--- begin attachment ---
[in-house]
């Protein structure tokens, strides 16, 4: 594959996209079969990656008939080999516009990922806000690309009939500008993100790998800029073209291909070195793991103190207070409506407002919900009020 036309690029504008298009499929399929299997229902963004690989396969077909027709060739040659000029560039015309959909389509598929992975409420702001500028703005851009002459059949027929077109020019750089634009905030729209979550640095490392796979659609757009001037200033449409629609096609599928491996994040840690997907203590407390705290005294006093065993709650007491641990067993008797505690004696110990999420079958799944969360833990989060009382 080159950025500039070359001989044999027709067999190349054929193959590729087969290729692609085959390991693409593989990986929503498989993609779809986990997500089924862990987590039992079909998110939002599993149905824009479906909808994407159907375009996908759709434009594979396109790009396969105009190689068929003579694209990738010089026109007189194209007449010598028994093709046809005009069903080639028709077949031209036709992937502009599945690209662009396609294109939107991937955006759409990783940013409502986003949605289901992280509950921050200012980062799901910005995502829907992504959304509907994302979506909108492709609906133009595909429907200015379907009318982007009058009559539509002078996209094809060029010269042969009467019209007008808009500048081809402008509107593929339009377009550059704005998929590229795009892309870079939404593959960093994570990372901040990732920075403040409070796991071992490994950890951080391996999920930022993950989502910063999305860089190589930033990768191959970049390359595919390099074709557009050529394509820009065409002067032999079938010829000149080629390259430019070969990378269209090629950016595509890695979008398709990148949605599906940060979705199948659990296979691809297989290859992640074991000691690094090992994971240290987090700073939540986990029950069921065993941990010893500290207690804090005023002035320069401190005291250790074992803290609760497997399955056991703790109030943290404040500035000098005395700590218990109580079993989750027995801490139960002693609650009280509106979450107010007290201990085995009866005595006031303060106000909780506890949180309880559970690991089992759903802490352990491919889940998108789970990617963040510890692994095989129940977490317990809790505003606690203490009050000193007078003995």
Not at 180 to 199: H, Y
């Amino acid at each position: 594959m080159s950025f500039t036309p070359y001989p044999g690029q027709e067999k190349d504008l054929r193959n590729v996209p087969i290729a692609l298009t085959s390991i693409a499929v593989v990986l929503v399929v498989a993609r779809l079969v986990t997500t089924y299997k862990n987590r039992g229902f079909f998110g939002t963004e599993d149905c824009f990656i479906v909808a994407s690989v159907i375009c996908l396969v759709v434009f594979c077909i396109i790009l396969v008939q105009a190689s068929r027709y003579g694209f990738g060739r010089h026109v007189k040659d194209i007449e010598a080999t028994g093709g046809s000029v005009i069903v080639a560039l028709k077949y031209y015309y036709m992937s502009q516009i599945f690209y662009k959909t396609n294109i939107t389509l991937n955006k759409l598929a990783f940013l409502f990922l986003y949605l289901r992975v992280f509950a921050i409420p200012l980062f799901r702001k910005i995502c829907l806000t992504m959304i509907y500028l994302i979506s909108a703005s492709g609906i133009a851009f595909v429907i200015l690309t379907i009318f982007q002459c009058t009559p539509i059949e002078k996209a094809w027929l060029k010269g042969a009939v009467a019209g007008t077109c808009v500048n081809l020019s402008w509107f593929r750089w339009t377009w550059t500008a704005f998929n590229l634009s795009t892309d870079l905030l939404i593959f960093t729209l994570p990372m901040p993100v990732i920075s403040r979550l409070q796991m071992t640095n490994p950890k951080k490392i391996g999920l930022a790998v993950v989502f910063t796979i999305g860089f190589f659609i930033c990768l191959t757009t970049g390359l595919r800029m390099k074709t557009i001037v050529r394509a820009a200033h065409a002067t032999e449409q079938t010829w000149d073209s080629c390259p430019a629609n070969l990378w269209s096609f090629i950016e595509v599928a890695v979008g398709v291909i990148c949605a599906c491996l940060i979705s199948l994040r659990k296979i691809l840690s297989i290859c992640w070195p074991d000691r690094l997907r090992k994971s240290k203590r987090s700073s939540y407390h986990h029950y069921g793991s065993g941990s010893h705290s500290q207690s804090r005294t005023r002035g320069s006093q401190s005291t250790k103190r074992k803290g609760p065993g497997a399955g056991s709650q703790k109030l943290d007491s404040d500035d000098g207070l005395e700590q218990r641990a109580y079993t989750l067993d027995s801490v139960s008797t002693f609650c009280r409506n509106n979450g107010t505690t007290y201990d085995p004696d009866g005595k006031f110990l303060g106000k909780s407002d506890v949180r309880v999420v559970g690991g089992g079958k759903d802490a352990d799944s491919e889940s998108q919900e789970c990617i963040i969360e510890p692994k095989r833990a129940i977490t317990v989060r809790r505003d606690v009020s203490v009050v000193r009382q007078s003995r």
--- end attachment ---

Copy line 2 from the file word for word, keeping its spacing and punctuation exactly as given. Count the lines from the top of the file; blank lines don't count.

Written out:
């Protein structure tokens, strides 16, 4: 594959996209079969990656008939080999516009990922806000690309009939500008993100790998800029073209291909070195793991103190207070409506407002919900009020 036309690029504008298009499929399929299997229902963004690989396969077909027709060739040659000029560039015309959909389509598929992975409420702001500028703005851009002459059949027929077109020019750089634009905030729209979550640095490392796979659609757009001037200033449409629609096609599928491996994040840690997907203590407390705290005294006093065993709650007491641990067993008797505690004696110990999420079958799944969360833990989060009382 080159950025500039070359001989044999027709067999190349054929193959590729087969290729692609085959390991693409593989990986929503498989993609779809986990997500089924862990987590039992079909998110939002599993149905824009479906909808994407159907375009996908759709434009594979396109790009396969105009190689068929003579694209990738010089026109007189194209007449010598028994093709046809005009069903080639028709077949031209036709992937502009599945690209662009396609294109939107991937955006759409990783940013409502986003949605289901992280509950921050200012980062799901910005995502829907992504959304509907994302979506909108492709609906133009595909429907200015379907009318982007009058009559539509002078996209094809060029010269042969009467019209007008808009500048081809402008509107593929339009377009550059704005998929590229795009892309870079939404593959960093994570990372901040990732920075403040409070796991071992490994950890951080391996999920930022993950989502910063999305860089190589930033990768191959970049390359595919390099074709557009050529394509820009065409002067032999079938010829000149080629390259430019070969990378269209090629950016595509890695979008398709990148949605599906940060979705199948659990296979691809297989290859992640074991000691690094090992994971240290987090700073939540986990029950069921065993941990010893500290207690804090005023002035320069401190005291250790074992803290609760497997399955056991703790109030943290404040500035000098005395700590218990109580079993989750027995801490139960002693609650009280509106979450107010007290201990085995009866005595006031303060106000909780506890949180309880559970690991089992759903802490352990491919889940998108789970990617963040510890692994095989129940977490317990809790505003606690203490009050000193007078003995």